Festival Feature: Meet 2023 Lighting Board Operator April Salazar
By Liz Armstrong
In theater, the lighting board operator’s main responsibility is to make sure that the lighting equipment is working and running smoothly throughout the run of the show. After all, what’s a play if you can’t see and experience it properly? Additionally, they run the cues from designers, making them an instrumental part in the success of a production.
Meet April Salazar, a light board operator for the 2023 season. From Laredo, Texas, Salazar is a graduate of Texas A&M University-Corpus Christi. After graduating with her Bachelor of Fine Arts in Theatre with an emphasis in lighting design, Costume Crafts Supervisor Rosa Lazaro invited Salazar to come work at the Festival.
Salazar’s Journey at the Festival
In 2022, Salazar was the Technical Director for the Utah Shakespeare Festival’s Educational Tour of Much Ado About Nothing, making her responsible for managing sound, lighting, props, scenery, and costumes. After the tour, Salazar took a position at the Festival as a spotlight operator for Clue and The Sound of Music.
Salazar didn’t stop there, returning to the Festival for the 2023 Educational Tour of Othello as the Technical Director. For Salazar, the Festival is an “enchanting” place to work.
“There’s something that brings me back,” Salazar said. “The work environment is high production, but the people here are [welcoming].”
“I’m the person in the booth with the Stage Manager making sure everything works,” Salazar said. “I’m a part of the build crew, helping with lights and making them work during technical rehearsals. During the season, I’m essentially the designer’s fingers.”
The Start of It All
Salazar’s love for theatre started in middle school, when she began to act. Her transition into lighting, however, was where Salazar found her niche.
“In high school, I was one of the only people that showed up to run a light board, and people kind of depended on me from then on,” Salazar said.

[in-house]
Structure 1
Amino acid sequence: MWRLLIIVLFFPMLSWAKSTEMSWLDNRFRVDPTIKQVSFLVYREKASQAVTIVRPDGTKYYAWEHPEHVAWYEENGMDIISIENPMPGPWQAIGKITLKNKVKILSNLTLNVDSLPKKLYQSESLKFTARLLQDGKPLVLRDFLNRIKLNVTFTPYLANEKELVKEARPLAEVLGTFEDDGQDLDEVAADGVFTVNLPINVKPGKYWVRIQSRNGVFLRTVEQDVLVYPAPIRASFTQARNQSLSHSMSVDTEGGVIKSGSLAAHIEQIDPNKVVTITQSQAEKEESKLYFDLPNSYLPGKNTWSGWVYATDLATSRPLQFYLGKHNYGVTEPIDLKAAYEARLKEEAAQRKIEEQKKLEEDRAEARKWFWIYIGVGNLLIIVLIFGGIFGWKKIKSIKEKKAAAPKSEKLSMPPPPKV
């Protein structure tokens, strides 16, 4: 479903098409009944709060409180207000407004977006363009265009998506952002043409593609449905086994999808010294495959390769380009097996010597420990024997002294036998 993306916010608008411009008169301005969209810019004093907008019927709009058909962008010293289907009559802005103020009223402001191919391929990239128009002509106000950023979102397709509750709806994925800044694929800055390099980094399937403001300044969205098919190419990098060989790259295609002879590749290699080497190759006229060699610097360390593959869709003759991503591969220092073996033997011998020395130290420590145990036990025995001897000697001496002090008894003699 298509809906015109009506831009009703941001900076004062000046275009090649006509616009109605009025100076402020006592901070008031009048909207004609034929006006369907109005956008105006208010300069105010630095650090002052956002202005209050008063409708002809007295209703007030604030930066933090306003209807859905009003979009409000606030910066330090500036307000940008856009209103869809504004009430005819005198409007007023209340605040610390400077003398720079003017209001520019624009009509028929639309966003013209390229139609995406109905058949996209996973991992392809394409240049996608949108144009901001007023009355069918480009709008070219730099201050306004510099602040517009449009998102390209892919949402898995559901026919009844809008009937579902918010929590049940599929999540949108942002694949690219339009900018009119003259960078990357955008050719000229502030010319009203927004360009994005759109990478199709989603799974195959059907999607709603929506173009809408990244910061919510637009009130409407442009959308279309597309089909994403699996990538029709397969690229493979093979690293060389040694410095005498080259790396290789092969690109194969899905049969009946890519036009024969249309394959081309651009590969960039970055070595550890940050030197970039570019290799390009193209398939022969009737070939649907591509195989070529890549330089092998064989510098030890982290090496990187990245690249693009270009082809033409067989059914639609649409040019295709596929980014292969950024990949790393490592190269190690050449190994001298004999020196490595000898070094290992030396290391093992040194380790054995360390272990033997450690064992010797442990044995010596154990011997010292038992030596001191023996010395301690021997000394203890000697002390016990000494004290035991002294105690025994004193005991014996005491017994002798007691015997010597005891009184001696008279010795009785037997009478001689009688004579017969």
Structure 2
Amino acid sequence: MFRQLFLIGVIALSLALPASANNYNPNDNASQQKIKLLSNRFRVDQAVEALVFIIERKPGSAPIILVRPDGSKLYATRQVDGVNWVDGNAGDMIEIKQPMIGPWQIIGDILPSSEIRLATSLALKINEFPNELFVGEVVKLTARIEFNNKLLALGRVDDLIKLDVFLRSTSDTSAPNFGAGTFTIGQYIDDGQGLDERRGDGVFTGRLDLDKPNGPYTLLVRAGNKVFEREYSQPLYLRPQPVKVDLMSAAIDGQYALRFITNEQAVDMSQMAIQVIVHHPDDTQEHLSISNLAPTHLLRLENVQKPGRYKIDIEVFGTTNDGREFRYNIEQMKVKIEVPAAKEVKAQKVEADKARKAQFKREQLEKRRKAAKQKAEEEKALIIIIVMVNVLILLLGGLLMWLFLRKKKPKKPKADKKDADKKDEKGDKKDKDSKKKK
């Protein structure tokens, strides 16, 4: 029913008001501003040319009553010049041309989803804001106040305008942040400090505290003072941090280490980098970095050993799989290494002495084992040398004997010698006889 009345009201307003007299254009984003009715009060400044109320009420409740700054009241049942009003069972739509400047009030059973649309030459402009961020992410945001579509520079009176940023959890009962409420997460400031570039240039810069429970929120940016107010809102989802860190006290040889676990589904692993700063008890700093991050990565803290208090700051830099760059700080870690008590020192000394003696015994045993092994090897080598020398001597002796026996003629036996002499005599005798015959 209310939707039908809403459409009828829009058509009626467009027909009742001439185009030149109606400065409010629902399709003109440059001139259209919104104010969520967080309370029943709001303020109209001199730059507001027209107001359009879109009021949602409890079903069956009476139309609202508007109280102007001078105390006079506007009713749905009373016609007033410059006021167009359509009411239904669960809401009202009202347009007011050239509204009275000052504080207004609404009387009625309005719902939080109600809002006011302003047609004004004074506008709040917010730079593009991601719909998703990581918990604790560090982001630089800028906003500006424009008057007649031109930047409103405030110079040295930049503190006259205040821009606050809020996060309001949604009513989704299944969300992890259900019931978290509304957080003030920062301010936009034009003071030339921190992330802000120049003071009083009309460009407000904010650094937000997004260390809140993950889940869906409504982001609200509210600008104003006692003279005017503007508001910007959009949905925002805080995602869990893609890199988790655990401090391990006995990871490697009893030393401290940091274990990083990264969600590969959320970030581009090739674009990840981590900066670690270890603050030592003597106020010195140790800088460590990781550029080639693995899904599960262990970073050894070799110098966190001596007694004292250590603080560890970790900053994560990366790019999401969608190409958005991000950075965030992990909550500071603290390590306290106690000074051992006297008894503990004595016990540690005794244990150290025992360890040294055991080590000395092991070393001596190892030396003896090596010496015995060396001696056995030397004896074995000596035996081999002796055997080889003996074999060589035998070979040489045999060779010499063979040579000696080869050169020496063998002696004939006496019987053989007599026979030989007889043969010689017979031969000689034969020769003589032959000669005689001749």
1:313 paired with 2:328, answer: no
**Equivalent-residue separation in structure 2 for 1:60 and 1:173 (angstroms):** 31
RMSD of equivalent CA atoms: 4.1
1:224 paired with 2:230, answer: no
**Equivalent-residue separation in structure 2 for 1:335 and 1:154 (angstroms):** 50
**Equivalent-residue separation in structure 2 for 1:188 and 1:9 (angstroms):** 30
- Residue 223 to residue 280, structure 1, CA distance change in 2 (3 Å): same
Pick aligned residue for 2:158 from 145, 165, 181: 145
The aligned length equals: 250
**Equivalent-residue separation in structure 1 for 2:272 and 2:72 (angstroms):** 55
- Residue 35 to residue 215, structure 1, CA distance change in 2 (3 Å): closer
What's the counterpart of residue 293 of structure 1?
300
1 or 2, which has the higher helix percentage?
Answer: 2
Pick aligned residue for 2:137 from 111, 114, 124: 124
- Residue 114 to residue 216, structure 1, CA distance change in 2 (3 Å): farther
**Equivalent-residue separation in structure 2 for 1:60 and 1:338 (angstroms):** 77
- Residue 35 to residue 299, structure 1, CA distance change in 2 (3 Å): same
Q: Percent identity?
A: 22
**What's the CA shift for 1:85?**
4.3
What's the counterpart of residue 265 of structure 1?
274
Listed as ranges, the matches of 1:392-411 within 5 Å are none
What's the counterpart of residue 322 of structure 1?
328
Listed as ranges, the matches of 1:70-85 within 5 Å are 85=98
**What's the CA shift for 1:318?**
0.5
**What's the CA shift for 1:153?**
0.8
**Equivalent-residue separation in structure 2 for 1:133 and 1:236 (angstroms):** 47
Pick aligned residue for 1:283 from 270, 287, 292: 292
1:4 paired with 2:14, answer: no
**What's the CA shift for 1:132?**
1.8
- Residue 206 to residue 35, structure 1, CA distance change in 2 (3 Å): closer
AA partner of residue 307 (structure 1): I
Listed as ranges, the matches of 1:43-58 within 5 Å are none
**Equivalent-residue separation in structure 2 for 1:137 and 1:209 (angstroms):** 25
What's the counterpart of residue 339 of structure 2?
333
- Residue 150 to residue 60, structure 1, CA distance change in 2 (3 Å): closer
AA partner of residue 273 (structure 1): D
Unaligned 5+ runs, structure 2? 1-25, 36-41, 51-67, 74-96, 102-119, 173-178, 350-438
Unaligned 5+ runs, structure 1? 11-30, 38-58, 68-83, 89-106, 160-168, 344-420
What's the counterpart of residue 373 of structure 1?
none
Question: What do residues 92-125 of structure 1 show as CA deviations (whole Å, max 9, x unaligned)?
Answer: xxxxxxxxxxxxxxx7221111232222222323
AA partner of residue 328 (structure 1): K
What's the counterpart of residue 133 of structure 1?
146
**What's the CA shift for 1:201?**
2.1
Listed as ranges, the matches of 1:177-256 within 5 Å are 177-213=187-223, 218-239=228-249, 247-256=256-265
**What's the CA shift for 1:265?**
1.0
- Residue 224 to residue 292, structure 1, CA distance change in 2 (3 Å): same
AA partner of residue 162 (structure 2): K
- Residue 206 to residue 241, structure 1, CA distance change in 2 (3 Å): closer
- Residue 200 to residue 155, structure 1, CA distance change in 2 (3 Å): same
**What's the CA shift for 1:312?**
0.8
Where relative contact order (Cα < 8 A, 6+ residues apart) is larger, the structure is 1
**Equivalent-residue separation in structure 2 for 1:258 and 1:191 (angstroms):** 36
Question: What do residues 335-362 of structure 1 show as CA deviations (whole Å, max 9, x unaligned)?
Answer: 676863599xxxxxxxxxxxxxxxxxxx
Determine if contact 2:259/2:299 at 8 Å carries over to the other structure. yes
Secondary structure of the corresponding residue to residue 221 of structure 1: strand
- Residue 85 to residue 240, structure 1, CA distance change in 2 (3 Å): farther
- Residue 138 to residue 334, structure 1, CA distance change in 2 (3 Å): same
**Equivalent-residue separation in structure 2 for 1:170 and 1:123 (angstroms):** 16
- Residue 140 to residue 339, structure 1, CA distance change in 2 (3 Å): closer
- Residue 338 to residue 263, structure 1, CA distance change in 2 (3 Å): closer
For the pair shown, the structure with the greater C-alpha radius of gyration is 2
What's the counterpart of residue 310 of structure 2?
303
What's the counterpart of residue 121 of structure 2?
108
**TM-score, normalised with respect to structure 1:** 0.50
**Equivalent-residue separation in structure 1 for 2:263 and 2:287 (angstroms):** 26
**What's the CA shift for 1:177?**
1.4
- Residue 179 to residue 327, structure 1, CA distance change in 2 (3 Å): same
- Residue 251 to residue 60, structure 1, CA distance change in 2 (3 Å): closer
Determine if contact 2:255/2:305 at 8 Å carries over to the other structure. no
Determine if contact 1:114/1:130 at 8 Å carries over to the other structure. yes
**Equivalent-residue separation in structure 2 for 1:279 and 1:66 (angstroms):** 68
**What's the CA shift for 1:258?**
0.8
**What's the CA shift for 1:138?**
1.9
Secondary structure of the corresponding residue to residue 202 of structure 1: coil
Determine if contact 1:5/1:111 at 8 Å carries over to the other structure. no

Salazar was more than okay with that, voicing her love for the technology of lighting.
“I like working behind-the-scenes and the software and programming,” Salazar said. “People just assume you plug in lights, but there’s much more to it. I love the math and build process––the troubleshooting.”
What’s kept Salazar in lighting is the problem-solving aspect. For some, the puzzle of it all would be dissuading, but for Salazar, it’s the career-niche she’s always wanted, combining computer-science with theatre.
“It’s one of those jobs that people don’t think you can have, running lights in theaters,” Salazar said. “So I decided to pursue it.”
Eventually, Salazar plans to be a lead electrician and be able to work and manage shows as a leader.
Salazar Voices Personal Connection to A Raisin in the Sun
Salazar highly encourages patrons to come see A Raisin in the Sun this season. Personally, she didn’t expect to connect so fully to the show, but found herself in the character of Beneatha.
“I resonate with Beneatha, because she tries to do something out of the ordinary. She wants to be a female doctor,” Salazar said. “I wanted to pursue a career in theatre––something those from my culture wouldn’t deem as a successful career path. But I am succeeding.”
Salazar also connects to the racial themes in A Raisin in the Sun, having grown up in a bordertown in Texas.
“I grew up in a [rougher] neighborhood,” Salazar said. “I like the exposure the play is bringing to that type of lifestyle.”
To observe Salazar’s work at the Festival, purchase tickets to A Raisin in the Sun or Jane Austen’s Emma The Musical by calling 800-PLAYTIX or visit bard.org.